Your host, Anthony Gill, is professor of political science at the University of Washington and distinguished senior fellow at Baylor University's Institute for Studies of Religion.  Learn more.

July 27 - Robert George on Religious Freedom.

Featured Episodes
Date: July 20th, 2014

Pulitzer Prize recipient Karen Elliott House joins us to discuss her career as a diplomatic correspondent in the Middle East for the Wall Street Journal and a number of important changes that are occurring in what many consider to be one of the most stable countries in that turbulent region. After discussing the life of a female reporter covering a male-dominated culture, which has a few surprising benefits, we review Saudi Arabia’s socio-economic landscape and internal tensions that are generating support for reform.

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Date: July 13th, 2014

With Turkey playing a pivotal role in the Middle East, and a country that is often viewed as a model for democracy in the Islamic world, we take a look at this country’s history, politics, and civil society with Prof. Ani Sarkissian of Michigan State University. Are liberalizing reforms that are designed to make it easier to create civic associations having their intended effect? Or is there something to Turkey’s history and political structure that are creating some unintended consequences?

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Date: July 6th, 2014

A Jewish statistician walks into a podcast … and hilarity and enlightenment ensues thanks to Linda Weiser Friedman, the co-author (along with Hershey Friedman) of “God Laughs: Sources of Jewish Humor.” We talk about why Jews are so funny, the types of humor Jews employ (including Holocaust humor), and how comedy can be found in sacred texts if one looks closely. We also discuss the boundaries of religio-ethnic humor and how religion can bring us closer to God.

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Date: June 29th, 2014

Mark David Hall returns for his fourth stint on Research on Religion’s July 4th celebration with yet more interesting insights into religious during the U.S. revolutionary era. This time Mark discusses the role played by religious minorities including Jews, Quakers, Baptists, and even Muslims.

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Date: June 22nd, 2014

With Iran in the news recently, we consult with Kevan Harris of Princeton’s Center for Iran and Persian Gulf Studies on the country’s recent history from its 1979 Islamic Revolution to the stalled Green “Revolution” (or movement) in the past half decade. Prof. Harris explains the process of social mobilization in 1979 and how it differed in 2009, as well as how the Islamic regime consolidated its rule over the past quarter century.

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Date: June 15th, 2014

In celebration of my son having to read “The Hobbit” over the summer as a high school assignment, I am re-running this popular episode on J.R.R. Tolkien that aired in fall of 2012. The staff at Research on Religion is still on vacation following our 200th episode, but we will return shortly with some crescent fresh episodes.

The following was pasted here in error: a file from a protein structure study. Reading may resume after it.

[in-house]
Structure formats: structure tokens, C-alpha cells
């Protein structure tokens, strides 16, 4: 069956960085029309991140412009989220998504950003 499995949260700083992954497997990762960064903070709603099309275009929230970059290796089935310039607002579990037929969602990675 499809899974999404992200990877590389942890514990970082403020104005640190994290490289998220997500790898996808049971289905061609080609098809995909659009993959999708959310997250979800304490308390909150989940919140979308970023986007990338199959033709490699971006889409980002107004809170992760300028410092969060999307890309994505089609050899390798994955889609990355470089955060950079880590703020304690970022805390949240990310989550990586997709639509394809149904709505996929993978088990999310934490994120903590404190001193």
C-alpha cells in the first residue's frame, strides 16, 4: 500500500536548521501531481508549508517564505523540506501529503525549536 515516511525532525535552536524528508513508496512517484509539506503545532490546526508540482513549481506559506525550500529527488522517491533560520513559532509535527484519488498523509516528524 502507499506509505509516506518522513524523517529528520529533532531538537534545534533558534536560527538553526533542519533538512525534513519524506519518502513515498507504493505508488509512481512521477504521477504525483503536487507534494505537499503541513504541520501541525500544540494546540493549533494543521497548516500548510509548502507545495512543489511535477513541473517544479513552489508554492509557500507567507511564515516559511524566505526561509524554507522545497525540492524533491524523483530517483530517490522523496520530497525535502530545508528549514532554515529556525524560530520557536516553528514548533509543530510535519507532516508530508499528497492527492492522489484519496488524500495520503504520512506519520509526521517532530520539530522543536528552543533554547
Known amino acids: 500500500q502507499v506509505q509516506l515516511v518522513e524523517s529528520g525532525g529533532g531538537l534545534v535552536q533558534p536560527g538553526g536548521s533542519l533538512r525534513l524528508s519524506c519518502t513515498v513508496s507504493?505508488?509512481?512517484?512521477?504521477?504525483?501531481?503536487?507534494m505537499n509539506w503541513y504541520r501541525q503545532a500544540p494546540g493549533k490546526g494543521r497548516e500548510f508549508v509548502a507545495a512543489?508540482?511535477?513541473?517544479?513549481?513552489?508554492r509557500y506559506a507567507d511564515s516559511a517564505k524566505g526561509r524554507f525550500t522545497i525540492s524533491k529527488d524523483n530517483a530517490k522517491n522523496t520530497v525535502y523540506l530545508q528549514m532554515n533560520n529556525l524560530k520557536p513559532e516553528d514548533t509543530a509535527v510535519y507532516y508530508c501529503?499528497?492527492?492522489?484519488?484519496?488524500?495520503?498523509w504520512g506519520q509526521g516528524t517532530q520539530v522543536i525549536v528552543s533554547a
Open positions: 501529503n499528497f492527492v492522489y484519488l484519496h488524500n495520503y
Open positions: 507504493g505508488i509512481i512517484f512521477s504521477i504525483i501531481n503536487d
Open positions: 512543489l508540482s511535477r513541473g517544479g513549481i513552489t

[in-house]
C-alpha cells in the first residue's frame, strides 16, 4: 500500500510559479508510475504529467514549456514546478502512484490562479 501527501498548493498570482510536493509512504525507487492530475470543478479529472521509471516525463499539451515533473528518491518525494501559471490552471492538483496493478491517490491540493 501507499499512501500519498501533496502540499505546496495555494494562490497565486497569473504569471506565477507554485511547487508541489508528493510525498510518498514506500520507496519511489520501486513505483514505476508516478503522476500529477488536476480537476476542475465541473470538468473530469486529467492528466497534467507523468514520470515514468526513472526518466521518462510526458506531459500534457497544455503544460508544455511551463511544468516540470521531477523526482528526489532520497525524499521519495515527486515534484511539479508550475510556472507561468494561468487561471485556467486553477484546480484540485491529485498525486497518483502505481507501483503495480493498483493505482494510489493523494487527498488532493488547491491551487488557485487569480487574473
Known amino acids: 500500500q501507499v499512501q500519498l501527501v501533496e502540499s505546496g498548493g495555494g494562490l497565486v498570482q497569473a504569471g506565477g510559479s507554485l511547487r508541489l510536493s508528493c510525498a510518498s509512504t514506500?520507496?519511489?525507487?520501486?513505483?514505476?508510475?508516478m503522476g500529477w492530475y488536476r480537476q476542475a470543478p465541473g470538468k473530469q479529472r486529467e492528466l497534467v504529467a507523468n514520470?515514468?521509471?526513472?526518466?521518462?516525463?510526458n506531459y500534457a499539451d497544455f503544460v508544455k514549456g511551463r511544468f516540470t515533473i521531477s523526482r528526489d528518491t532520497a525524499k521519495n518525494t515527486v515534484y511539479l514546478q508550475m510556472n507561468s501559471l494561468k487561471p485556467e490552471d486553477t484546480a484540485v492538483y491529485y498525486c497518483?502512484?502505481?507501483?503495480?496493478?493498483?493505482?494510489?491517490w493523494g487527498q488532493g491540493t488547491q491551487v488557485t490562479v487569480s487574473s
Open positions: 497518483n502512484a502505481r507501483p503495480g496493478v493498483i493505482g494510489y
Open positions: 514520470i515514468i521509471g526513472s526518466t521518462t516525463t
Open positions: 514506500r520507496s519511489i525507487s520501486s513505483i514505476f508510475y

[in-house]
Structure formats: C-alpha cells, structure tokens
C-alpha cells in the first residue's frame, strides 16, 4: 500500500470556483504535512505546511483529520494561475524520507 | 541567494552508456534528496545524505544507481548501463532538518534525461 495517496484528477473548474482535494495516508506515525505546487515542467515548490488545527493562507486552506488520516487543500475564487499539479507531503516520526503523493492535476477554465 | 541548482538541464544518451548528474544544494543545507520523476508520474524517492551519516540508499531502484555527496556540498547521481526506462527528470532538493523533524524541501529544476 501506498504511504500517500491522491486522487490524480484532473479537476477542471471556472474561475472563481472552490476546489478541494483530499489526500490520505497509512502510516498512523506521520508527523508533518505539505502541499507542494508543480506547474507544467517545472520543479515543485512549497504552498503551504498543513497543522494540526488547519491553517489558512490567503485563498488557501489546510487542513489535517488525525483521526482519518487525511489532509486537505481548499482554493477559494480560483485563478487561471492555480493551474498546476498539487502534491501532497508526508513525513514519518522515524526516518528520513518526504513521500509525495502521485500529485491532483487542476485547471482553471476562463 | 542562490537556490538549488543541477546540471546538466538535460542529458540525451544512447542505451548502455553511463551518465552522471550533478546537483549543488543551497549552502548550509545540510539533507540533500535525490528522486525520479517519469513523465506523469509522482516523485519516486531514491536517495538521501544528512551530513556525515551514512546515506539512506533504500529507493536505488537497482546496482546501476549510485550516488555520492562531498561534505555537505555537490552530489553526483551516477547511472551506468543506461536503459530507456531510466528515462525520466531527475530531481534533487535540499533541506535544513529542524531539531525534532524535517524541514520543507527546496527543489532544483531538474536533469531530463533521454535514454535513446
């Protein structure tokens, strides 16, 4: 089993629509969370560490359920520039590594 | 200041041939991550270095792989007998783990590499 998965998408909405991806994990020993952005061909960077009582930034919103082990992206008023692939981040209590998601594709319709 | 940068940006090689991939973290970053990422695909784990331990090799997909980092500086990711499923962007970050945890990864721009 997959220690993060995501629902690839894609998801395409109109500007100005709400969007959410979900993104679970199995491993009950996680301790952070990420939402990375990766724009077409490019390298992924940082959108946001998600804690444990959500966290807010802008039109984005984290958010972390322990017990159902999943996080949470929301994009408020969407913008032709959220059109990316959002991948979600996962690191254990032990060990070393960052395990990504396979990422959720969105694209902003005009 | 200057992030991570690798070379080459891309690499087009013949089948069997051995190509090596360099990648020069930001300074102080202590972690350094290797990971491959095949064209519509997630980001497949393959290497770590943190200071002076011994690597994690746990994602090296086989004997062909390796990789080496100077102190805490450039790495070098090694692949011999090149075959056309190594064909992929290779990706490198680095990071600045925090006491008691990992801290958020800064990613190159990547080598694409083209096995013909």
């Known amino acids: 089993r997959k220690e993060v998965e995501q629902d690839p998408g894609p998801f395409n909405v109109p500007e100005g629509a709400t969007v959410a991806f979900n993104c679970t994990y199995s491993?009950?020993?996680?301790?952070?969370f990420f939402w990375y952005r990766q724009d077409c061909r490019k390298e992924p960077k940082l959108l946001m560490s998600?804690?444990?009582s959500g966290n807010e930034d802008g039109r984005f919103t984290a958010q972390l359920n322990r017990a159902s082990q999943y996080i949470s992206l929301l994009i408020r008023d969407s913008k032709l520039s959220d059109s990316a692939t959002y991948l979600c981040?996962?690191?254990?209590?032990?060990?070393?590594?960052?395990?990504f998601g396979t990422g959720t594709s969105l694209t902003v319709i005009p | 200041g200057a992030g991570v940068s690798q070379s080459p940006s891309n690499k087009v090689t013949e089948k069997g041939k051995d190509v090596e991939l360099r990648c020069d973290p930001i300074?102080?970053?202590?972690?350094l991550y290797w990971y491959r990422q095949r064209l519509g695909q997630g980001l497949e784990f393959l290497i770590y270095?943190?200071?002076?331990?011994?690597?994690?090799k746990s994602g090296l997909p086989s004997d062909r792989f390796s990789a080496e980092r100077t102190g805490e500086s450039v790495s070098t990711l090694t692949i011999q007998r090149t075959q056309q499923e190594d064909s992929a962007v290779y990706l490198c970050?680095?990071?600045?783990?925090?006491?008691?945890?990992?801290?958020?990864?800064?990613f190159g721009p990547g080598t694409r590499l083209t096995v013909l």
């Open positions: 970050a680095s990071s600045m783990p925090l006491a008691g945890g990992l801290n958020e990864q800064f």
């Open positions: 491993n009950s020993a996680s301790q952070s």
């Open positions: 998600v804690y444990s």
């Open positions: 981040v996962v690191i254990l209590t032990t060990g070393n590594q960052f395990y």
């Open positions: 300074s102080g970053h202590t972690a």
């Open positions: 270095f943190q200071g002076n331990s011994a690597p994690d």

Dig into those archives for other tasty nuggets that you may have missed and go over to our Facebook Fan Page to see some of Tony’s favorite episodes over the past year.

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Date: June 8th, 2014

We take a short break and issue a big thanks to all the folks who have helped make this podcast series a success.

Remember, though, we can always use your help in getting the word out. Please tell family, friends, colleagues, and congregants about our free educational service.

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Date: June 1st, 2014

What better way to celebrate our 200th episode, than to grab some leftover Mother’s Day cake, bring a bunch of school kids into the recording studio, and learn about the future of the social scientific study of religion with our old friend Bradley Wright? Prof. Wright details a new research strategy of studying individual spirituality called SoulPulse. Harnessing the power of cellular phones and other social media technology, Brad and his team of intrepid researchers are gathering data on how individual people experience spiritual beliefs on a day-to-day (if not hour-to-hour). Find out what some of the early results are and how you can participate by listening to the podcast, clicking the “read more” link below, and telling your friends about this awesome study.

Celebrate our 200th episode by giving the gift of education; tell a friend about this podcast.

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Date: May 25th, 2014

Prof. David Smith of the University of Sydney returns to discuss the role religion plays in international relations and foreign policy. We chat about why international relations scholars have de-emphasized the role religion plays in cross-national interactions and how this might be changing. David also reviews how scholars now think that religion plays a role in diplomacy and foreign policy.

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Date: May 18th, 2014

One of the most distinctive and recognizable Christian groups in the United States are the Amish. But how much do we really know about this group? Prof. Don Kraybill, a noted scholar on Old Order Mennonites and Anabaptists, provides us with a historical background of the Amish and the related “horse and buggy” Mennonites. We also discuss their theology, ethnic/cultural practices, demographics, and economics. Along the way, we explode many of the myths and stereotypes in this wonderfully comprehensive interview.

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